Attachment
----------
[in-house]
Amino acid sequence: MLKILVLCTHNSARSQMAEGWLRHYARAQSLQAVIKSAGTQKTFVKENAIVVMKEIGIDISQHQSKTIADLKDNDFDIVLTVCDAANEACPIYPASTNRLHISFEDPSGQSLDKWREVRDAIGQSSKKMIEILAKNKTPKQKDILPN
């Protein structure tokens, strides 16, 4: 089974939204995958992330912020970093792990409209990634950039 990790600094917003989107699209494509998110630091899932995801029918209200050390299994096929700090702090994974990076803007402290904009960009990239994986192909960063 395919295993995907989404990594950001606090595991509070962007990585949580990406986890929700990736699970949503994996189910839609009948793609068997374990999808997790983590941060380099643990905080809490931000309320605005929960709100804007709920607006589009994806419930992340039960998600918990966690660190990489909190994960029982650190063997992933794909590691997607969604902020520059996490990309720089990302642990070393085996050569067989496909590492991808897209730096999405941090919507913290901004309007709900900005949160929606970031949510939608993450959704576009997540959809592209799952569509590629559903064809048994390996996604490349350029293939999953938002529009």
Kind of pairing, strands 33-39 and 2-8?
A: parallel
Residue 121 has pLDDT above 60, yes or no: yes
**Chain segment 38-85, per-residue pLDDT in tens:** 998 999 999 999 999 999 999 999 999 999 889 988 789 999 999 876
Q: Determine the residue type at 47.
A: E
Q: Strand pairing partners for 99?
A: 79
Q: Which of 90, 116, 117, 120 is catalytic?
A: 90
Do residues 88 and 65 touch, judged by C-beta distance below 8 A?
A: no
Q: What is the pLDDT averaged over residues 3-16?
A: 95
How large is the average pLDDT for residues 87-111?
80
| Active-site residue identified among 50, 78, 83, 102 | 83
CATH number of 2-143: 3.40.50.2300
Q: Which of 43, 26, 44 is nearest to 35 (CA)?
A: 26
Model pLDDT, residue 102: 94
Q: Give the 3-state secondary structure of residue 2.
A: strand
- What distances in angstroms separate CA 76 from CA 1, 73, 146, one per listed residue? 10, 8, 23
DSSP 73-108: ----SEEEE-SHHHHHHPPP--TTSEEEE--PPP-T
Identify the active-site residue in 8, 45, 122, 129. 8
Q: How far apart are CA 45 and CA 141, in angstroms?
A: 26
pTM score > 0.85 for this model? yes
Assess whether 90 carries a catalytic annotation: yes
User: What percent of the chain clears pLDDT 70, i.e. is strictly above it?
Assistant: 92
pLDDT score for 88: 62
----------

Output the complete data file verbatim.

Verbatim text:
[in-house]
Amino acid sequence: MLKILVLCTHNSARSQMAEGWLRHYARAQSLQAVIKSAGTQKTFVKENAIVVMKEIGIDISQHQSKTIADLKDNDFDIVLTVCDAANEACPIYPASTNRLHISFEDPSGQSLDKWREVRDAIGQSSKKMIEILAKNKTPKQKDILPN
């Protein structure tokens, strides 16, 4: 089974939204995958992330912020970093792990409209990634950039 990790600094917003989107699209494509998110630091899932995801029918209200050390299994096929700090702090994974990076803007402290904009960009990239994986192909960063 395919295993995907989404990594950001606090595991509070962007990585949580990406986890929700990736699970949503994996189910839609009948793609068997374990999808997790983590941060380099643990905080809490931000309320605005929960709100804007709920607006589009994806419930992340039960998600918990966690660190990489909190994960029982650190063997992933794909590691997607969604902020520059996490990309720089990302642990070393085996050569067989496909590492991808897209730096999405941090919507913290901004309007709900900005949160929606970031949510939608993450959704576009997540959809592209799952569509590629559903064809048994390996996604490349350029293939999953938002529009």
Kind of pairing, strands 33-39 and 2-8?
A: parallel
Residue 121 has pLDDT above 60, yes or no: yes
**Chain segment 38-85, per-residue pLDDT in tens:** 998 999 999 999 999 999 999 999 999 999 889 988 789 999 999 876
Q: Determine the residue type at 47.
A: E
Q: Strand pairing partners for 99?
A: 79
Q: Which of 90, 116, 117, 120 is catalytic?
A: 90
Do residues 88 and 65 touch, judged by C-beta distance below 8 A?
A: no
Q: What is the pLDDT averaged over residues 3-16?
A: 95
How large is the average pLDDT for residues 87-111?
80
| Active-site residue identified among 50, 78, 83, 102 | 83
CATH number of 2-143: 3.40.50.2300
Q: Which of 43, 26, 44 is nearest to 35 (CA)?
A: 26
Model pLDDT, residue 102: 94
Q: Give the 3-state secondary structure of residue 2.
A: strand
- What distances in angstroms separate CA 76 from CA 1, 73, 146, one per listed residue? 10, 8, 23
DSSP 73-108: ----SEEEE-SHHHHHHPPP--TTSEEEE--PPP-T
Identify the active-site residue in 8, 45, 122, 129. 8
Q: How far apart are CA 45 and CA 141, in angstroms?
A: 26
pTM score > 0.85 for this model? yes
Assess whether 90 carries a catalytic annotation: yes
User: What percent of the chain clears pLDDT 70, i.e. is strictly above it?
Assistant: 92
pLDDT score for 88: 62